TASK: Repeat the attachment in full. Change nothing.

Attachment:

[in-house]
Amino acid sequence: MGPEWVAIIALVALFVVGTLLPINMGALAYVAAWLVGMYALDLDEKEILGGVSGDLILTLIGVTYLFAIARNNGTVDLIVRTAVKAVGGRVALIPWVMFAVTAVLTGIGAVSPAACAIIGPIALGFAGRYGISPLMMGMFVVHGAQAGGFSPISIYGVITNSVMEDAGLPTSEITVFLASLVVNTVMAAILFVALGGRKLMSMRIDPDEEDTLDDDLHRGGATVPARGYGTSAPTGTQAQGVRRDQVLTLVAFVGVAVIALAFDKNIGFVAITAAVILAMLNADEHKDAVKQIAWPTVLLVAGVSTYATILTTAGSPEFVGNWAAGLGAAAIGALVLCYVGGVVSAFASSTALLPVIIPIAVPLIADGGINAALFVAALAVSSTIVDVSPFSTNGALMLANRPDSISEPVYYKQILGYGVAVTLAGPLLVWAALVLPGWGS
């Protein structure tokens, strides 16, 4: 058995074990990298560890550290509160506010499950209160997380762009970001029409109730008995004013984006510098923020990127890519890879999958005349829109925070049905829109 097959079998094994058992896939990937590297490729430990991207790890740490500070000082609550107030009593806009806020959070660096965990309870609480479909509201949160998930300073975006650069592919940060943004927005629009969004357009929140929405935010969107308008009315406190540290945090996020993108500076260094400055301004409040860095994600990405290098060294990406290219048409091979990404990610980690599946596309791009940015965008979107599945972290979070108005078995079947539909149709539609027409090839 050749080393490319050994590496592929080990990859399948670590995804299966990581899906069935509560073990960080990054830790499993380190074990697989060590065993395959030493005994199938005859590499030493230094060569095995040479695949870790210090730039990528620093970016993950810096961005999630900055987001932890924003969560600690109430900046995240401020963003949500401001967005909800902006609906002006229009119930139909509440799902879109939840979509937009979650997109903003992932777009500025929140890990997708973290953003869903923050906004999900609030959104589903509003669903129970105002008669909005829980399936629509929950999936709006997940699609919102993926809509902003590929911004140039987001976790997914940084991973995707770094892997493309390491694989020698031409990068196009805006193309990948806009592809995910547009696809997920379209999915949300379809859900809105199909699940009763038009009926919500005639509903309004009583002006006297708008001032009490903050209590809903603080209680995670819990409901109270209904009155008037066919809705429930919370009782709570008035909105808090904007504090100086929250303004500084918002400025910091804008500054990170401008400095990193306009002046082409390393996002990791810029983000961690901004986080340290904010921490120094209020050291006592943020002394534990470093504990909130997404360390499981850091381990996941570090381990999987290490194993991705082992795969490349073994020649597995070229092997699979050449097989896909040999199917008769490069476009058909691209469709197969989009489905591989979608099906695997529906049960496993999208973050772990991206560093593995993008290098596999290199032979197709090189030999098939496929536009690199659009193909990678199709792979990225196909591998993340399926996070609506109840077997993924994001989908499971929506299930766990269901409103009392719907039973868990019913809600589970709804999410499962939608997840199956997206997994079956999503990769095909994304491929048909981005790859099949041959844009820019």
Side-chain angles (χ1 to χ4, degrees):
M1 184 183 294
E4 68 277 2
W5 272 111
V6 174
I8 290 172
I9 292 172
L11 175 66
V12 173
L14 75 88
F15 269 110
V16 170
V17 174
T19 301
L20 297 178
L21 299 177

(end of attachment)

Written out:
[in-house]
Amino acid sequence: MGPEWVAIIALVALFVVGTLLPINMGALAYVAAWLVGMYALDLDEKEILGGVSGDLILTLIGVTYLFAIARNNGTVDLIVRTAVKAVGGRVALIPWVMFAVTAVLTGIGAVSPAACAIIGPIALGFAGRYGISPLMMGMFVVHGAQAGGFSPISIYGVITNSVMEDAGLPTSEITVFLASLVVNTVMAAILFVALGGRKLMSMRIDPDEEDTLDDDLHRGGATVPARGYGTSAPTGTQAQGVRRDQVLTLVAFVGVAVIALAFDKNIGFVAITAAVILAMLNADEHKDAVKQIAWPTVLLVAGVSTYATILTTAGSPEFVGNWAAGLGAAAIGALVLCYVGGVVSAFASSTALLPVIIPIAVPLIADGGINAALFVAALAVSSTIVDVSPFSTNGALMLANRPDSISEPVYYKQILGYGVAVTLAGPLLVWAALVLPGWGS
């Protein structure tokens, strides 16, 4: 058995074990990298560890550290509160506010499950209160997380762009970001029409109730008995004013984006510098923020990127890519890879999958005349829109925070049905829109 097959079998094994058992896939990937590297490729430990991207790890740490500070000082609550107030009593806009806020959070660096965990309870609480479909509201949160998930300073975006650069592919940060943004927005629009969004357009929140929405935010969107308008009315406190540290945090996020993108500076260094400055301004409040860095994600990405290098060294990406290219048409091979990404990610980690599946596309791009940015965008979107599945972290979070108005078995079947539909149709539609027409090839 050749080393490319050994590496592929080990990859399948670590995804299966990581899906069935509560073990960080990054830790499993380190074990697989060590065993395959030493005994199938005859590499030493230094060569095995040479695949870790210090730039990528620093970016993950810096961005999630900055987001932890924003969560600690109430900046995240401020963003949500401001967005909800902006609906002006229009119930139909509440799902879109939840979509937009979650997109903003992932777009500025929140890990997708973290953003869903923050906004999900609030959104589903509003669903129970105002008669909005829980399936629509929950999936709006997940699609919102993926809509902003590929911004140039987001976790997914940084991973995707770094892997493309390491694989020698031409990068196009805006193309990948806009592809995910547009696809997920379209999915949300379809859900809105199909699940009763038009009926919500005639509903309004009583002006006297708008001032009490903050209590809903603080209680995670819990409901109270209904009155008037066919809705429930919370009782709570008035909105808090904007504090100086929250303004500084918002400025910091804008500054990170401008400095990193306009002046082409390393996002990791810029983000961690901004986080340290904010921490120094209020050291006592943020002394534990470093504990909130997404360390499981850091381990996941570090381990999987290490194993991705082992795969490349073994020649597995070229092997699979050449097989896909040999199917008769490069476009058909691209469709197969989009489905591989979608099906695997529906049960496993999208973050772990991206560093593995993008290098596999290199032979197709090189030999098939496929536009690199659009193909990678199709792979990225196909591998993340399926996070609506109840077997993924994001989908499971929506299930766990269901409103009392719907039973868990019913809600589970709804999410499962939608997840199956997206997994079956999503990769095909994304491929048909981005790859099949041959844009820019």
Side-chain angles (χ1 to χ4, degrees):
M1 184 183 294
E4 68 277 2
W5 272 111
V6 174
I8 290 172
I9 292 172
L11 175 66
V12 173
L14 75 88
F15 269 110
V16 170
V17 174
T19 301
L20 297 178
L21 299 177